A Marine facing charges for killing an insurgent prisoner in Fallujah, Iraq, 3 1/2 years ago has been jailed for refusing to testify against another Marine involved in the incident.
U.S. District Judge Percy Anderson on Wednesday ordered Sgt. Jermaine Nelson to be confined at the federal lockup in Los Angeles after giving him several opportunities to testify.
“It was a beautiful thing to see,” said lawyer Joseph H. Low IV, a former Marine infantryman representing Nelson.
“The prosecutors are attempting to break the bonds formed in combat. Nelson told them he’d rather go to jail than rat out a brother Marine.
“It is coercion pure and simple. The government wants to take these guys and try to make them say what they want them to say. The government doesn’t have a case so they resort to this.”
Nelson, 26, refused to testify against his former squad leader, Sgt. Jose L. Nazario, at a federal grand jury seated in Riverside, Calif., Low said.
Nelson was granted testimonial immunity by federal prosecutors seeking to enhance voluntary manslaughter charges against Nazario to murder. If he had cooperated, Nelson would have been protected from further jeopardy for anything new he revealed in the case, according to Low.
Nazario was indicted by a federal grand jury two weeks after being arrested on Aug. 7, 2007. He is charged under the Military Extraterritorial Jurisdiction Act, passed by Congress in 2000 to allow service members serving overseas to be prosecuted in civilian court for offenses that call for more than one year of imprisonment.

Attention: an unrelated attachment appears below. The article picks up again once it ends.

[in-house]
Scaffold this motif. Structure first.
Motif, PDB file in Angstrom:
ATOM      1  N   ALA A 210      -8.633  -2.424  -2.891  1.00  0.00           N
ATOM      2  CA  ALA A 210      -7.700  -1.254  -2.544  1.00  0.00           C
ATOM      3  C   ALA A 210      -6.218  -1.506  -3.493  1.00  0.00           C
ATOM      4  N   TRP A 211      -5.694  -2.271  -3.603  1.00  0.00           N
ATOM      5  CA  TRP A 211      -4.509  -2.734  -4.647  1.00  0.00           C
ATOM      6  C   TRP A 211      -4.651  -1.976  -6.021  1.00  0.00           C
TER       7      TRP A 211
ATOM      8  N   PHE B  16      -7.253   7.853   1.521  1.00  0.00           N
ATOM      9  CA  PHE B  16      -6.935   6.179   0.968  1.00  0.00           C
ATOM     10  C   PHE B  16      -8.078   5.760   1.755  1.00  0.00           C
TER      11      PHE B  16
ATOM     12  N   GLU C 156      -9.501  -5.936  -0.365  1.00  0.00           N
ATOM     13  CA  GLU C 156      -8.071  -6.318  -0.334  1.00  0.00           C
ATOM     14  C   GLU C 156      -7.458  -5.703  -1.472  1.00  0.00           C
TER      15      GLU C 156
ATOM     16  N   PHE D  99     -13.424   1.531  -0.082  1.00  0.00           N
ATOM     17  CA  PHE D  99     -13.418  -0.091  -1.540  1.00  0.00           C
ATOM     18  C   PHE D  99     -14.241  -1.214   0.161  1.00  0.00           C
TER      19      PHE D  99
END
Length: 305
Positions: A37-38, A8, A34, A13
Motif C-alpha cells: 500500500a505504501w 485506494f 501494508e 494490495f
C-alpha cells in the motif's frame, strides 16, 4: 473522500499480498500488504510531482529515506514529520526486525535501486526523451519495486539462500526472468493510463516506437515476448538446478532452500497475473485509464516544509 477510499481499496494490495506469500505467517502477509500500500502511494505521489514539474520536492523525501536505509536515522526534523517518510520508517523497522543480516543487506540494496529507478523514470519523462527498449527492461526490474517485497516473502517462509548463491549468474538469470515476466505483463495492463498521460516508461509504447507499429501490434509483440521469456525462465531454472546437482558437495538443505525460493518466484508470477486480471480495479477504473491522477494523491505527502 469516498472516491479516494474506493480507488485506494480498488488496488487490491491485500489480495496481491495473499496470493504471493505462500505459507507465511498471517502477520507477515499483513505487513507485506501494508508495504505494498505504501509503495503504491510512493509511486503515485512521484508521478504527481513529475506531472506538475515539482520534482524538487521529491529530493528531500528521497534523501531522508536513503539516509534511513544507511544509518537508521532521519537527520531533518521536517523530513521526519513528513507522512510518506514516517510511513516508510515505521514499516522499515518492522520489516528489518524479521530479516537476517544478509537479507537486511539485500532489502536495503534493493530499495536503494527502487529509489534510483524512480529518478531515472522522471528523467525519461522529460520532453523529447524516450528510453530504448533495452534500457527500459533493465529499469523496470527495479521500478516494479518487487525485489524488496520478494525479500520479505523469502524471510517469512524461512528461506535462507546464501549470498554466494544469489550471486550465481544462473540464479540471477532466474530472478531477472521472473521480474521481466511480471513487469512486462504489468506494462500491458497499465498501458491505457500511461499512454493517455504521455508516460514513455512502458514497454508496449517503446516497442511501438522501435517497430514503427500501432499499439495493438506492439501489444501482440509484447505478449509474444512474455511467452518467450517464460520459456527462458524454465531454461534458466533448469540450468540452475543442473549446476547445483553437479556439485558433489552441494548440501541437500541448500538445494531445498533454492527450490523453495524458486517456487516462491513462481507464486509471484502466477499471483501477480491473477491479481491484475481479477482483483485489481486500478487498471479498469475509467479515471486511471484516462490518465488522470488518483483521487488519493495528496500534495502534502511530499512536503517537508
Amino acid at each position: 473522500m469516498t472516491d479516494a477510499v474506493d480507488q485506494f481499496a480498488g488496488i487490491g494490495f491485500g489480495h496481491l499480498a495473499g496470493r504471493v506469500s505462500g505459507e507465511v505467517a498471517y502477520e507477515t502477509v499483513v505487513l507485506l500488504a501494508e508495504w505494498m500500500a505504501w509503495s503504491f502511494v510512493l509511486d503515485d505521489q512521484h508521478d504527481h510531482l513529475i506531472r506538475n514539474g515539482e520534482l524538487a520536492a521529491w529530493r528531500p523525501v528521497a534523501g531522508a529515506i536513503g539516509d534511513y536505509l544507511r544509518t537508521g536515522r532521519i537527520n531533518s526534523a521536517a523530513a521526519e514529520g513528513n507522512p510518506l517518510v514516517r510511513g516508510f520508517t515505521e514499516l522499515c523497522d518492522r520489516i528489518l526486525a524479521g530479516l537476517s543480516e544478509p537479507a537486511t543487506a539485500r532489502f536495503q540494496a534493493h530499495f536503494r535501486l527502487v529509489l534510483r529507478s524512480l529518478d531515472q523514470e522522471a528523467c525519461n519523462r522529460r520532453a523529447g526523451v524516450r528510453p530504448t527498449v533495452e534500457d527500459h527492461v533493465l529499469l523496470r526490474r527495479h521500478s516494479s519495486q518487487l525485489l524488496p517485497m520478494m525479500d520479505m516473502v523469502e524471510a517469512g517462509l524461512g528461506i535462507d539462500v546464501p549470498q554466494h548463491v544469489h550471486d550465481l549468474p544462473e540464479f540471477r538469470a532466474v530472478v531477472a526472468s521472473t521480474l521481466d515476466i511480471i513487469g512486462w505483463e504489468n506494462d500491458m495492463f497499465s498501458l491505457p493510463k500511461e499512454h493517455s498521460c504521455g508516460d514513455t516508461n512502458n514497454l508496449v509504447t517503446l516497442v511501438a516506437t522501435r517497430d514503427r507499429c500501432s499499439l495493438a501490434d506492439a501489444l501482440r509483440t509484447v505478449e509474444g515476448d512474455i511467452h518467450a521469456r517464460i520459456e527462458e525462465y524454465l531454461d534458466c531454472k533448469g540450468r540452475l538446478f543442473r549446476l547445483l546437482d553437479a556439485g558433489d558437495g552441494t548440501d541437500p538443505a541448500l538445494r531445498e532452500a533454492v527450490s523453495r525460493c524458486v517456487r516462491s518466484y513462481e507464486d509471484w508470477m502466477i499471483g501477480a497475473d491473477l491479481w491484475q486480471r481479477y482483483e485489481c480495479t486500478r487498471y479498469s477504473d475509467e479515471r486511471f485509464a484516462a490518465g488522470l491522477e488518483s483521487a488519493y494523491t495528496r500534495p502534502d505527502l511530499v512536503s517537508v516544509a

The prosecution wants Nelson to tell the grand jury what happened at Fallujah on Nov. 9, 2004, when his squad encountered four enemy combatants during the opening hours of the bloody month-long battle for the ancient city.
Nelson already faces up to life in prison and a dishonorable discharge for twice confessing without legal counsel that he killed one of the insurgents after being ordered by Nazario to do so.
In his confession, Nelson claimed Nazario received the order to kill the prisoners from an unknown superior over his inter-squad radio.
An affidavit filed in federal court last August asserted that Nazario and the other Marines detained the insurgents during a house search after another Marine had been killed.
The affidavit contends that Nazario shot two of the captured combatants in the head at close range and that he directed Nelson and Sgt. Ryan Weemer to shoot the other two.
Nazario says the incident never happened.
Nelson, Nazario, and Weemer have all been charged with unlawfully killing the four insurgents.
Low said that Weemer has been offered the same deal as Nelson by government prosecutors and is deciding what action to take. If Weemer refuses to cooperate he could also be confined, Low said.
Nelson’s rambling confession is often at odds with the statements of other Marines who were present that day. Several Marines said the incident never happened and others gave conflicting accounts of what transpired.
There are no victims or physical evidence, and unless the government can compel Nelson and Weemer to testify against Nazario, it doesn’t have a case, defense attorneys say.
Nazario is currently scheduled to stand trial on July 8 in the U.S. District Court for Central California in Riverside for two counts of voluntary manslaughter, according to his attorney Kevin B. McDermott. He is free on $50,000 bond.
“I just don’t understand the system anymore,” Nazario commented Thursday morning from his home in upstate New York. “If you win you get prosecuted; if you lose you get dead.”
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